As reported by Reuters, legendary hip-hop and rap artists "The Beastie Boys" were recently sued in federal court in New York by TufAmerica, Inc., the purported exclusive licensee of recordings that were allegedly "sampled" by The Beastie Boys in 1986 and 1989. Generally speaking, "sampling" involves taking a portion of one sound recording and reusing it as an instrument or a rhythm in a different sound recording.
The timing of the lawsuit could hardly have been worse, given that it was filed the day before Adam Yauch, one of the founding members of The Beastie Boys, known to his legion of fans as "MCA," passed away after a long battle with cancer.
The lawsuit alleges that The Beastie Boys engaged in unauthorized sampling of portions of the songs "Say What" and "Drop the Bomb" by R&B and funk band "Trouble Funk." The Beastie Boys' songs at issue include "Hold It Now Hit It," "The New Style," "Car Thief" and "Shadrach," which were originally released in 1986 and 1989. The lawsuit seeks damages for copyright infringement.
One issue in the case will be the length of time that TufAmerica has waited to bring its claims. As a general rule, copyright infringement actions must be brought within three years from the date on which the copyright infringement is discovered, and this time limitation may be extended if the infringement is ongoing. Notably, however, the Southern District of New York (where the instant action was brought), has in recent years applied the "injury rule," rather than the "discovery rule," meaning that the statute of limitations bars claims brought three years after the initial publication of the allegedly infringing sound recordings, regardless of when the plaintiff discovered the alleged infringement. Thus, the applicable statute of limitations may bar TufAmerica's claims in this case.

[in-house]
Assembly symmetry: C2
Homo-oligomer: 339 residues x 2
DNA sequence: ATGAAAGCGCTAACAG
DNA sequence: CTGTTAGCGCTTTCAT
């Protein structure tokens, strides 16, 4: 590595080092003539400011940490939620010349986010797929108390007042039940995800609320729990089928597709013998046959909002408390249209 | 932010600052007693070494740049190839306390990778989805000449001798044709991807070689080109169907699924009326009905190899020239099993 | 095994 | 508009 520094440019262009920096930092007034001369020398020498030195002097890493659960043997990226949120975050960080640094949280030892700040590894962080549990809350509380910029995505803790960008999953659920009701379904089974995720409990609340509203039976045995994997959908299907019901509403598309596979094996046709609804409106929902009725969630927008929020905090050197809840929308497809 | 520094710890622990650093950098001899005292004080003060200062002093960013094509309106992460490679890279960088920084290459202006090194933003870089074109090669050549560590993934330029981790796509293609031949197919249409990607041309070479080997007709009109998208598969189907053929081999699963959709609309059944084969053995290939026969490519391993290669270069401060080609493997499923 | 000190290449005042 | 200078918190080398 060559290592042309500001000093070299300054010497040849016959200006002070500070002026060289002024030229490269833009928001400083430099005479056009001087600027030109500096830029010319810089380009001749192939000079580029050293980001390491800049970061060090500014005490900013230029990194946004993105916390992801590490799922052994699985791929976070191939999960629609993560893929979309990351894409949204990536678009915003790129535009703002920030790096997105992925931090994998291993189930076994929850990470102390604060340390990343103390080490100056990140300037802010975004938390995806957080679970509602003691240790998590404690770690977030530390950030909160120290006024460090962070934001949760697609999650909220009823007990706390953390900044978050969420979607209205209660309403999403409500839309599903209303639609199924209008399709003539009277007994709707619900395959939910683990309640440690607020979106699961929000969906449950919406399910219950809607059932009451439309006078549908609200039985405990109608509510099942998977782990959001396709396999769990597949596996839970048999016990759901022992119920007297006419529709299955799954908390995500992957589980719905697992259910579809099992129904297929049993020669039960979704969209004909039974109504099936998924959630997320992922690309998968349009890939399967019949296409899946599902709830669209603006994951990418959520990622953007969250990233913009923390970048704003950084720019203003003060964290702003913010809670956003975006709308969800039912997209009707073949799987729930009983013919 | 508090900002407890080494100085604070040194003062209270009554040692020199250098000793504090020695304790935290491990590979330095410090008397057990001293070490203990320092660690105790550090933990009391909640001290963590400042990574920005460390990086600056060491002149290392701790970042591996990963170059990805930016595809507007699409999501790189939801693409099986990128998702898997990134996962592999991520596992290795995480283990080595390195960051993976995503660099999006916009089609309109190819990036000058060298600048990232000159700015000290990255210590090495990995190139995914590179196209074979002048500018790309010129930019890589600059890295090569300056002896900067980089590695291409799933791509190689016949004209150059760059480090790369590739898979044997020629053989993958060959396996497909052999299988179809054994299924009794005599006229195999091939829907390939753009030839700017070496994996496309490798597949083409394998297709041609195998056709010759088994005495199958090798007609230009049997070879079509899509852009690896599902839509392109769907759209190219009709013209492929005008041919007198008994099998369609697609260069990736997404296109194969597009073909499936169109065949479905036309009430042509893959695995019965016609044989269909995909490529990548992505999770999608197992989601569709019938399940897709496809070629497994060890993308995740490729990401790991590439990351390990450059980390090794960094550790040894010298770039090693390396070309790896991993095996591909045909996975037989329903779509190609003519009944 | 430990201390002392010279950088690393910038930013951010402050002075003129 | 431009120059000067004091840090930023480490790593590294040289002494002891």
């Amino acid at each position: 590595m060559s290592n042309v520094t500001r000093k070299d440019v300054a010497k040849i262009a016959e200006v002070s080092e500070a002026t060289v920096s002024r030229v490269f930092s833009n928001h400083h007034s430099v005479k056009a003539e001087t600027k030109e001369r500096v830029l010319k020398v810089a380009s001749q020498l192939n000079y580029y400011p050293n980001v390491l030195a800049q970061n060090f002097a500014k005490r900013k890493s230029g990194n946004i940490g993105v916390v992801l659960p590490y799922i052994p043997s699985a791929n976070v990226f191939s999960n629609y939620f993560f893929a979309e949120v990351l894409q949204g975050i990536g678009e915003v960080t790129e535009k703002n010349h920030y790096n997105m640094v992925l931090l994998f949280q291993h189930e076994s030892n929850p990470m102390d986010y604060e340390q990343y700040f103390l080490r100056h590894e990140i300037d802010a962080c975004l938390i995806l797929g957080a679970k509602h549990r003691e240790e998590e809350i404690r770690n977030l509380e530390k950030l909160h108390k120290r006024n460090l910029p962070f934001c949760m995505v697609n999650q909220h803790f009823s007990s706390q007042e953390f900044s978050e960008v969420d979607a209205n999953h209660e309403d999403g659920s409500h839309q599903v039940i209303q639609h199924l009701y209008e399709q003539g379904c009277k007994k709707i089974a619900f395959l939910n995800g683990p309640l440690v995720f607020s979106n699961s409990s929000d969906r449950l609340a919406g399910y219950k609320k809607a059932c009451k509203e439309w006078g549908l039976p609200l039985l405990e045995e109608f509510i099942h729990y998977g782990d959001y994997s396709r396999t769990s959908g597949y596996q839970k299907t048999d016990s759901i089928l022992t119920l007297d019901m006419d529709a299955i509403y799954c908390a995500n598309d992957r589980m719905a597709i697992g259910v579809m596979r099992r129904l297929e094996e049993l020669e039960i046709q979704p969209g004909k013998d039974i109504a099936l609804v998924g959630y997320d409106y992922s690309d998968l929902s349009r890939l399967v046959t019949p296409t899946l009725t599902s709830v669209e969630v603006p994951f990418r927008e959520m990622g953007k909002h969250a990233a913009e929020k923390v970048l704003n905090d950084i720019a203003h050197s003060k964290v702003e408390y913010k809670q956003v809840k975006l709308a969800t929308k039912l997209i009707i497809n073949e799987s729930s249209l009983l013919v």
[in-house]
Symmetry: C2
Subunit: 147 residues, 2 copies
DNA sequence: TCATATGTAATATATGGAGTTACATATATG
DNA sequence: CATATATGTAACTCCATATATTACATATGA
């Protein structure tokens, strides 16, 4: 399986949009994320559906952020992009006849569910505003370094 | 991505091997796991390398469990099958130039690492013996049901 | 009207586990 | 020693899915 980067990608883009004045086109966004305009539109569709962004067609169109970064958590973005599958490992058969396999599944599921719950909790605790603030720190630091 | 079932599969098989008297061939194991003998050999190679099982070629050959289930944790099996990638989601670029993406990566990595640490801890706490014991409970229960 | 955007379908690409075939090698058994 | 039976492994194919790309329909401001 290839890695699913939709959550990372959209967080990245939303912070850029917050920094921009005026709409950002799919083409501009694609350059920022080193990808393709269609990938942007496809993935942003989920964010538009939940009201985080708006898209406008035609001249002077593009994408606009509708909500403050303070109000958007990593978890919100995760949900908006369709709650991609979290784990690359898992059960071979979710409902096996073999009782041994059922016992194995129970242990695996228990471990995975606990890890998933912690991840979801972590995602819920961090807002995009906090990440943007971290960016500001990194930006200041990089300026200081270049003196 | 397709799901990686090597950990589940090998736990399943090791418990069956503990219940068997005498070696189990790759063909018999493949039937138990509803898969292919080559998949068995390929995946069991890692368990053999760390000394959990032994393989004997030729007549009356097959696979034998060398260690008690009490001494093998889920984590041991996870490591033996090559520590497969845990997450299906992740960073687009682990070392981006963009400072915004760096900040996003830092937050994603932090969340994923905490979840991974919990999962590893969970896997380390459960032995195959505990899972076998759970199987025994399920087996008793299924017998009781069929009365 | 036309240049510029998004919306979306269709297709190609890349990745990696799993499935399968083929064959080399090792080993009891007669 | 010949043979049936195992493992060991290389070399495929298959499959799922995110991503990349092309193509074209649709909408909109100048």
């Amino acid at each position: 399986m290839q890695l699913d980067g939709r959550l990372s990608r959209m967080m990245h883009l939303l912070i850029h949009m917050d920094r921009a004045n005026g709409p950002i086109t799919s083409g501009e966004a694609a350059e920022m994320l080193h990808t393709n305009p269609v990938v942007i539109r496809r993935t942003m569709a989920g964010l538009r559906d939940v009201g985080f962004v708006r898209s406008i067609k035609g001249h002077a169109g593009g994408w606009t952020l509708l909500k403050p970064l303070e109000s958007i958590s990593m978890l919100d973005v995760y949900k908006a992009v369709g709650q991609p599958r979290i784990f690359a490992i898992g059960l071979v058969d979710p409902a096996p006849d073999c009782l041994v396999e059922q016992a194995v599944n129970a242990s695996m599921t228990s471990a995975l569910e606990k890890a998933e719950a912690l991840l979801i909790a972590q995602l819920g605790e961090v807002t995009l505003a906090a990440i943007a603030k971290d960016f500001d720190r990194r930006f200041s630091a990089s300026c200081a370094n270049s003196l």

The Beastie Boys may also have a defense that TufAmerica acquiesced in their use of Trouble Funk's songs by not raising the issue sooner. The Beastie Boys could argue that they relied upon such acquiescence in continuing to sell their sound recordings over the past twenty-plus years, and therefore TufAmerica should be "estopped" from asserting its claims.
Apparently recognizing this possibility, the lawsuit alleges that the sampled portions were "effectively concealed to the casual listener" and that the infringement was only discovered "after conducting a careful audio analysis . . . that included isolating the suspected portion of the recording." This, in turn, begs the question as to whether the portions of the songs at issue are truly "substantially similar" (the standard for copyright infringement), given that such similarity may not have been apparent to an ordinary listener.
It will be interesting to see how this dispute plays out. The case is TufAmerica, Inc. v. Diamond, et al., 12 Civ. 3529 (S.D.N.Y.).